The slow operation of this recorder is also a pain when you try to 'instantaneously' record a programme that's already started, as it takes so long for the system to recognise that it should begin recording, that invariably you think something's gone wrong, press the 'record' button again and of course as that works as a command to 'delete' the original request to record, you then have to begin trying to record all over again. Other problems we've had are that quite often if one channel has been on for a while without being changed, the whole system seizes up entirely so you can't change channel at all - this usually happens to us about once a day. The same thing also often occurs when you attempt to record two programmes simultaneously - though you can't change channels when two are being recorded at once, the two-channel-record facility is actually a rather good feature of this system. If the HDD seizes up it has to be rebooted but switching it off and on again at the mains, and this can be surprisingly time consuming.
In addition, the Freeview signal is also distorted by engine vibrations from passing motorbikes in the street (a recognised problem with Freeview, this), and also something bizarre happens whenever we try to record a Freeview channel that has a 'plus one' option - such as Channel 4. If you're recording something on Channel 4, when one hour later the same programme starts on Channel 4 Plus 1, the recorder occasionally (though infuriatingly, for some reason not always) stops the original Channel 4 recording and starts recording the Plus 1 option - and this wouldn't be such a problem, but more often than not it doesn't then record the WHOLE programme on Plus 1 - I assume because, when the signal that the original programme has finished is broadcast (there is a bit of leeway in the system so often this doesn't happen till perhaps 4 or 5 minute after the actual end of the programme), the Plus 1 recording recognises that as a signal that it should stop too. We tried to get round this by only ever recording on Plus 1 channels, but in that case, the signal that tells the recorder to stop recording the one hour previous version still works to stop the recording on Plus 1, so that if, say, you've set up a one-hour programme such as 'Shameless,' airing from 10-11pm, to record on Channel 4 Plus 1, it starts up at 10 all right, but then stops about 4 minutes later, when the signal that the earlier Channel 4 version of the show showing from 9-10pm has finished its broadcast.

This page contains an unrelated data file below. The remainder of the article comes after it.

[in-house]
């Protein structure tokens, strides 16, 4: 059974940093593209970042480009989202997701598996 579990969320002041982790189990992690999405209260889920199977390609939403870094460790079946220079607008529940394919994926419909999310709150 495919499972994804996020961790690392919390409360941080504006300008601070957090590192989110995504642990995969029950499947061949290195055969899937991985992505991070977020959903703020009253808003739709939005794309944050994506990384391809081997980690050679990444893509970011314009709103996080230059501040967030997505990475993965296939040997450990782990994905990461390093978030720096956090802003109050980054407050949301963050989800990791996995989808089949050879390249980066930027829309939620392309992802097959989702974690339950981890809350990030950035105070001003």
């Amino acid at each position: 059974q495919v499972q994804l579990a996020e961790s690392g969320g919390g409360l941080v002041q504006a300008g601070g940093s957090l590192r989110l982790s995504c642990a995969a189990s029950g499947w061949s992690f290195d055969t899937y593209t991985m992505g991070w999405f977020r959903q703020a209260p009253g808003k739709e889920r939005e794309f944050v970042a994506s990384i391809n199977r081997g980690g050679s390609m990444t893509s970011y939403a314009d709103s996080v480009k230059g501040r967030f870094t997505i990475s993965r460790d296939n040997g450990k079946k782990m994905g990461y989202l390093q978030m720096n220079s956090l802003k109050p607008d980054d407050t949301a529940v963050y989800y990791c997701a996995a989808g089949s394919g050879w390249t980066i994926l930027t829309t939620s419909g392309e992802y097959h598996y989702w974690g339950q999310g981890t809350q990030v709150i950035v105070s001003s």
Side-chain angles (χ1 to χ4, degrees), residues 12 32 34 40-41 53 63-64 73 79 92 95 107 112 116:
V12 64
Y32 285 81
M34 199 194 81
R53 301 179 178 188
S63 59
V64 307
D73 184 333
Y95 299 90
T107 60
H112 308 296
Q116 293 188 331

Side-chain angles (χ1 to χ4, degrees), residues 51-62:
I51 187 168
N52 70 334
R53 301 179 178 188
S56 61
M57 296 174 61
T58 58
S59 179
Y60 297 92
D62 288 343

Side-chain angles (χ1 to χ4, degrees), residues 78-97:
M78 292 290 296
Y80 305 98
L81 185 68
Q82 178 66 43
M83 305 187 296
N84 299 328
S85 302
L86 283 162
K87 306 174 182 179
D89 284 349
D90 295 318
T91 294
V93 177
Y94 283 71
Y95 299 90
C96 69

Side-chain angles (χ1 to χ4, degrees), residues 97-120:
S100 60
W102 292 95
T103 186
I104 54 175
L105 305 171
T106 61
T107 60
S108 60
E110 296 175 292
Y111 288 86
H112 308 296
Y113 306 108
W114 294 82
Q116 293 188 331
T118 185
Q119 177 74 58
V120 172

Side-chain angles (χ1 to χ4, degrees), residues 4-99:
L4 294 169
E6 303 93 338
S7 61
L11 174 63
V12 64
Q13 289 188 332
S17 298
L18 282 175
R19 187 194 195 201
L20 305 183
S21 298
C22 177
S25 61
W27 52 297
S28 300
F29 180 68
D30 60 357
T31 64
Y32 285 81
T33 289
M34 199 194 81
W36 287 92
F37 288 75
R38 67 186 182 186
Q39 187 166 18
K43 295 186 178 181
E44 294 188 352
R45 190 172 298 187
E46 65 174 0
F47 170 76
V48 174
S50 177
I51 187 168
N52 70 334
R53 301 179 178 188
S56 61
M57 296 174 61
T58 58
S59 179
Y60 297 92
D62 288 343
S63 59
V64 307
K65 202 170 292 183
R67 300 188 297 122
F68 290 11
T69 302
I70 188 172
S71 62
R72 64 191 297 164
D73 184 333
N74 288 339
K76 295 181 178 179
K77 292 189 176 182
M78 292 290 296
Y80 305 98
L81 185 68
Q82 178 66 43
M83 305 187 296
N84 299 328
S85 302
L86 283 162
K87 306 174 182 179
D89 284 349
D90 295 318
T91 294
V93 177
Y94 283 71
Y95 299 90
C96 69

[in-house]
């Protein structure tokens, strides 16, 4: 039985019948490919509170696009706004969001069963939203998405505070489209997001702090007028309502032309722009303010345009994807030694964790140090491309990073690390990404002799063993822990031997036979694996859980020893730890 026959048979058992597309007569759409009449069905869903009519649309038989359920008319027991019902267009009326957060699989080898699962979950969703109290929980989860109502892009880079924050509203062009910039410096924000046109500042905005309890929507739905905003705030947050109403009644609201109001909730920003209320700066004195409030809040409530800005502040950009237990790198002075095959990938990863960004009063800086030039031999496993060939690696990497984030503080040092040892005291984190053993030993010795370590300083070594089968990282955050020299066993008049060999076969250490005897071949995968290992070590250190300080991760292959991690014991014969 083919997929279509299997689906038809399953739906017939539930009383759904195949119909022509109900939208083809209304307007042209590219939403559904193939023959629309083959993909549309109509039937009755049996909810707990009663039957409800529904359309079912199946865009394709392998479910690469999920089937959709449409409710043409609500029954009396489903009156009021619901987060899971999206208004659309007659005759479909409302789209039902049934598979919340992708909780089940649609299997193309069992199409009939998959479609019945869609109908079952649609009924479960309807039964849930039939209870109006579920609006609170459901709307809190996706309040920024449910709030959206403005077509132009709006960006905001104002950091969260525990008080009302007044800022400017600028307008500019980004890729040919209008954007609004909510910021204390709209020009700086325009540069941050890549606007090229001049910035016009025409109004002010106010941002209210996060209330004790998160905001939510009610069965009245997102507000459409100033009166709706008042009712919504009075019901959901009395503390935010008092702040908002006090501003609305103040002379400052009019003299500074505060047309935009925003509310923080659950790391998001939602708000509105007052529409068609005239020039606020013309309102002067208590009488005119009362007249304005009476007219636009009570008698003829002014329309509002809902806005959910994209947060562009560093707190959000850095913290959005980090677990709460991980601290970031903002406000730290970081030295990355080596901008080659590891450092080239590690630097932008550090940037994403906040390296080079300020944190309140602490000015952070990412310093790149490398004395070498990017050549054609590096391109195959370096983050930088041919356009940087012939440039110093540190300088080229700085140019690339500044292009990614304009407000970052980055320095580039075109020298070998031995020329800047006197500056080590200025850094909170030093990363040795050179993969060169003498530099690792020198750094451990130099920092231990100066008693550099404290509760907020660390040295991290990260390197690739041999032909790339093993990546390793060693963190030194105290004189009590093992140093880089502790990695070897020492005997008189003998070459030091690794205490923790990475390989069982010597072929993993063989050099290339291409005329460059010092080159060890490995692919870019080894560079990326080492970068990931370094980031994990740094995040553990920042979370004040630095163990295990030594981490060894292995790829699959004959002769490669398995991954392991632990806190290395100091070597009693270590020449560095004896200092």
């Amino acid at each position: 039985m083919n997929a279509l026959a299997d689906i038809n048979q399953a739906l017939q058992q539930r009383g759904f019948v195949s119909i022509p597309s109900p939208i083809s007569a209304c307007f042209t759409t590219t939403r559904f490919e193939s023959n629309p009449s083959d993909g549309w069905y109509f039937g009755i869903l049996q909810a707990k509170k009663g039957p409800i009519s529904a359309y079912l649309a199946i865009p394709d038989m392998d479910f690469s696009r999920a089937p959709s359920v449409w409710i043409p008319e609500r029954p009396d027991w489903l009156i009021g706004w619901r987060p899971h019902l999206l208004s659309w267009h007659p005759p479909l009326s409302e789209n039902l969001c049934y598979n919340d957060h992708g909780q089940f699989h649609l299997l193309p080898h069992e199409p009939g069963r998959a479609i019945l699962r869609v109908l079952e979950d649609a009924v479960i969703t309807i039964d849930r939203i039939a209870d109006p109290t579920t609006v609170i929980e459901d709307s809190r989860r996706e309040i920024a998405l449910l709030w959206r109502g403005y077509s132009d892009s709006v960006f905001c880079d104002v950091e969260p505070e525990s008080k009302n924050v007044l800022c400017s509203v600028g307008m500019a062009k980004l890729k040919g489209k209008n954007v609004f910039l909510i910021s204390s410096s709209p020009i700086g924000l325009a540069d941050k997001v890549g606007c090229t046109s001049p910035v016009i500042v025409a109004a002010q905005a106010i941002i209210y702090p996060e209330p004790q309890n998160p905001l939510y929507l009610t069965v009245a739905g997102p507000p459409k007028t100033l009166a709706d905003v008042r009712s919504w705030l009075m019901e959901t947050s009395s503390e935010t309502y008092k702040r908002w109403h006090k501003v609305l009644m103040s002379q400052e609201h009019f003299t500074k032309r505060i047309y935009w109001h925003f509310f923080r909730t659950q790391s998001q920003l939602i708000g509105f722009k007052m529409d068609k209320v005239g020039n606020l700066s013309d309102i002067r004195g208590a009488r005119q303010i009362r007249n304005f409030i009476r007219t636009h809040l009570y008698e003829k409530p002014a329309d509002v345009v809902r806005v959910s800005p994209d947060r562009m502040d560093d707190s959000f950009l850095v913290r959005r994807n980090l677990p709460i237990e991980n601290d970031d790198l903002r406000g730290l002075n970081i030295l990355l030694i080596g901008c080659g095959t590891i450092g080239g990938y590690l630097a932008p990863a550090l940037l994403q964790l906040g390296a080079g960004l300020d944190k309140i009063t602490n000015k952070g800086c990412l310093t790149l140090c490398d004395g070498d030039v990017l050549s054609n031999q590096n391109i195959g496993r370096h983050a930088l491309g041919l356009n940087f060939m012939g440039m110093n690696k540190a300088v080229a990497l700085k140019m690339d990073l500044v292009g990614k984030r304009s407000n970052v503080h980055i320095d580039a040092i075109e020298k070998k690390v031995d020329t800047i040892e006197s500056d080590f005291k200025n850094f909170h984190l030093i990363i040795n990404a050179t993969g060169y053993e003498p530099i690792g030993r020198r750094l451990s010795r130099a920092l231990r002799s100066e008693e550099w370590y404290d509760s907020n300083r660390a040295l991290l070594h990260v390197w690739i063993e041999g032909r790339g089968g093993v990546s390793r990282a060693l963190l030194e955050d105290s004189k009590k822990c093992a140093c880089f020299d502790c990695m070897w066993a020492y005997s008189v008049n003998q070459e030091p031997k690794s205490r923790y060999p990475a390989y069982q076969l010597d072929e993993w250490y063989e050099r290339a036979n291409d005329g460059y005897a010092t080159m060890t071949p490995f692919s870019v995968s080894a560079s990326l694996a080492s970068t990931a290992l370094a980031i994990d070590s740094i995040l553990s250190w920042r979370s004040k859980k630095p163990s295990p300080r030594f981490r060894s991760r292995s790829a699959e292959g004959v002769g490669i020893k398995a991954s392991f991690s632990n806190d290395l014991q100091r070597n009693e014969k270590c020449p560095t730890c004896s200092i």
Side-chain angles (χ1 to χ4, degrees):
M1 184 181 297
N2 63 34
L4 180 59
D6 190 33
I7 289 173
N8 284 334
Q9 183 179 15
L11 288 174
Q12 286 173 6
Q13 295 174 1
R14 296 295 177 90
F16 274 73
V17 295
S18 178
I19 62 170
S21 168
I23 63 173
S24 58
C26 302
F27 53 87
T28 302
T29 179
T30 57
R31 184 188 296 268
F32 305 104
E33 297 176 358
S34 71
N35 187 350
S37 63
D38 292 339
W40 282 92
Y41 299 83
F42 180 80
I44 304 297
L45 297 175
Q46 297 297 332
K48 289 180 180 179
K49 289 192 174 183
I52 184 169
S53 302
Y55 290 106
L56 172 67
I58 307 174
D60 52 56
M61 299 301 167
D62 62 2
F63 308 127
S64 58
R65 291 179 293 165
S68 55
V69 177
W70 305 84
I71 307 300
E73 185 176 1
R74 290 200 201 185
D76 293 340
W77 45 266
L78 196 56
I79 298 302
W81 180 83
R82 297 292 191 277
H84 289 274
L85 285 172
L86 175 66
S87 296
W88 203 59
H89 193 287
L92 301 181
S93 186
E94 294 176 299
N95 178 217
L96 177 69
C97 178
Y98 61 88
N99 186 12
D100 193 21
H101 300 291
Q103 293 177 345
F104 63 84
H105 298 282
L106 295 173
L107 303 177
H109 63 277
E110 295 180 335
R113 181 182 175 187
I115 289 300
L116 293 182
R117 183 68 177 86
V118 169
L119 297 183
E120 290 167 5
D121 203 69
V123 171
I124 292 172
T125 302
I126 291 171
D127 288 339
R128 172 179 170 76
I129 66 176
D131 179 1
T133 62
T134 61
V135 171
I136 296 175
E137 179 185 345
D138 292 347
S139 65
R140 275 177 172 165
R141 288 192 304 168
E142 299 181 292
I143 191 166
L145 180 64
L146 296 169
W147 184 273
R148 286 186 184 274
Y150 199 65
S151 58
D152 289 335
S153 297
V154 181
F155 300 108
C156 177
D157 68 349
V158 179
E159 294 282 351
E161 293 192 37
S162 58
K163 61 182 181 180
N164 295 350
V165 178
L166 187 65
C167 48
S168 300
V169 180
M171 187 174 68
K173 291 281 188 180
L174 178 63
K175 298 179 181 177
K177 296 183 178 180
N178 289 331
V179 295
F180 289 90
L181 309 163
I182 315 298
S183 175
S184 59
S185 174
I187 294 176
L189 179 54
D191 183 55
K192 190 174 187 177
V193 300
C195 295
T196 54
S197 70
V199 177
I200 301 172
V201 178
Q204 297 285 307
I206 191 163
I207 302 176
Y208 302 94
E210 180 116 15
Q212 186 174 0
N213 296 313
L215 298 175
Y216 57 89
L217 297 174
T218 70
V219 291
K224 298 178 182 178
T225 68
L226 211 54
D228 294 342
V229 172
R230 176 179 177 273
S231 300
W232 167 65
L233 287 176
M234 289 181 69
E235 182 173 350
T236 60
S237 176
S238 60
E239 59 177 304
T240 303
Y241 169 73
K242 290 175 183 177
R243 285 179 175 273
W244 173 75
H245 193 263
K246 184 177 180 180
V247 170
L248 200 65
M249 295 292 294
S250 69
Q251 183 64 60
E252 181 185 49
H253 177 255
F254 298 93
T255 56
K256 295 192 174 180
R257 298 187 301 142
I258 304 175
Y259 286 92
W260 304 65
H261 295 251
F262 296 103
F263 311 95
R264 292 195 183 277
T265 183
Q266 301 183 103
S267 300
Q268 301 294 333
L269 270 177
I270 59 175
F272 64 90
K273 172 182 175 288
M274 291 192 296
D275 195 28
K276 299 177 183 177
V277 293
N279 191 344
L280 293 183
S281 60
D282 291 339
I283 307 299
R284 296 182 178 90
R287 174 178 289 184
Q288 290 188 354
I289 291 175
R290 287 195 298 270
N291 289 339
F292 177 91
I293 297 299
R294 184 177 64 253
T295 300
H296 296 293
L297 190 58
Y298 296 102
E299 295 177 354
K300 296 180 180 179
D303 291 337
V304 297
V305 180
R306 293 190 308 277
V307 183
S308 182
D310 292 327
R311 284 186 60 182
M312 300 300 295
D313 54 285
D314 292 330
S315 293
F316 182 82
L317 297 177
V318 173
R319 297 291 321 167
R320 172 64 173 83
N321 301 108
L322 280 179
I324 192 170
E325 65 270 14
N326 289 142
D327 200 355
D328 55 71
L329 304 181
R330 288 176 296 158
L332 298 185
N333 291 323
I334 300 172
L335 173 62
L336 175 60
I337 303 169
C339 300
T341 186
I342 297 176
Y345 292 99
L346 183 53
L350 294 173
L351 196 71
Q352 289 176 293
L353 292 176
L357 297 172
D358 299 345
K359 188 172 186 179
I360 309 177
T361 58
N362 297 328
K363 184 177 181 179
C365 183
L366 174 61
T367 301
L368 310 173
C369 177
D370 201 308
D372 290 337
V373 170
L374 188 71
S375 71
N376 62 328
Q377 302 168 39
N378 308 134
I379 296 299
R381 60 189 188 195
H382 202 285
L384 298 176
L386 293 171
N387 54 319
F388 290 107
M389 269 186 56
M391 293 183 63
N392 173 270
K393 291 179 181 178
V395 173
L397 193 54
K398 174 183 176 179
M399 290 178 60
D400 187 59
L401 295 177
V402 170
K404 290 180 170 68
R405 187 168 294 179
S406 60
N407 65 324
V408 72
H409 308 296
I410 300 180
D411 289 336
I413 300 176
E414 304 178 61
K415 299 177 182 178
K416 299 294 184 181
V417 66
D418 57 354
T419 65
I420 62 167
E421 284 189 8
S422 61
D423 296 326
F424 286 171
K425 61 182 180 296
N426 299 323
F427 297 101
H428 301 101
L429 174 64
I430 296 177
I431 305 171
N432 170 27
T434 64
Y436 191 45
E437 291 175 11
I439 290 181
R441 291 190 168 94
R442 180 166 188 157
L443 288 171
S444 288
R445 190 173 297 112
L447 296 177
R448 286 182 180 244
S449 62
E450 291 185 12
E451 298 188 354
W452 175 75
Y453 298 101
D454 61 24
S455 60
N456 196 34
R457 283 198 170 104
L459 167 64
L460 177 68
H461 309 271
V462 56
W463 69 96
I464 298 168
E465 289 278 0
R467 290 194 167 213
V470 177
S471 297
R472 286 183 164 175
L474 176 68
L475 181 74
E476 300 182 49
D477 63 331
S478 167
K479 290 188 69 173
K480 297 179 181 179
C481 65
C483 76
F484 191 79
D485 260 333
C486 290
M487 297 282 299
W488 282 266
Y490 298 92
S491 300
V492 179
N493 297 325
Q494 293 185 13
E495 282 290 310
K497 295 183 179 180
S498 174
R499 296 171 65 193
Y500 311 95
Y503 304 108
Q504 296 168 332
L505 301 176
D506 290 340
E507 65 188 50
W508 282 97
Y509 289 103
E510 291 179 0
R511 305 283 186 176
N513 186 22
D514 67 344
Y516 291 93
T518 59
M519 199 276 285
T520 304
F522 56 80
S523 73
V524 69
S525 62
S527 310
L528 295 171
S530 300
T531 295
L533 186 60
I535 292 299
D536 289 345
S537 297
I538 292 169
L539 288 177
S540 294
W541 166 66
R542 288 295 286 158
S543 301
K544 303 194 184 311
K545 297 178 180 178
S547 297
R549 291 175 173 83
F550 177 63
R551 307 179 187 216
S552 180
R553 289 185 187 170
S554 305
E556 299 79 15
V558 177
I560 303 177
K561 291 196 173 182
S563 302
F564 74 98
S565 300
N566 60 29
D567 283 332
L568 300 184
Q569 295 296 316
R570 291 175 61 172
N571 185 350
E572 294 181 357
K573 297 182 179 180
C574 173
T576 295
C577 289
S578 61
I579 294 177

This is infuriating, but not something to which I can see an easy solution.
I'm not sure how long this type of gadget has been about, but it seems from what I've seen as if the technology is still in quite an early stage - at least for the lower end versions such as we've bought. I've no doubt the slowness and glitches in operation of the HDD, which are the main problems we've had with the machine will soon be sorted out and won't affect later models. Despite it's undoubtedly annoying idiosyncrasies I wouldn't be without the HDD now we've got it, but if I knew what to look for when we were buying it, I'd have asked the right questions and picked a slightly better one, even if it cost a bit more than we paid for it.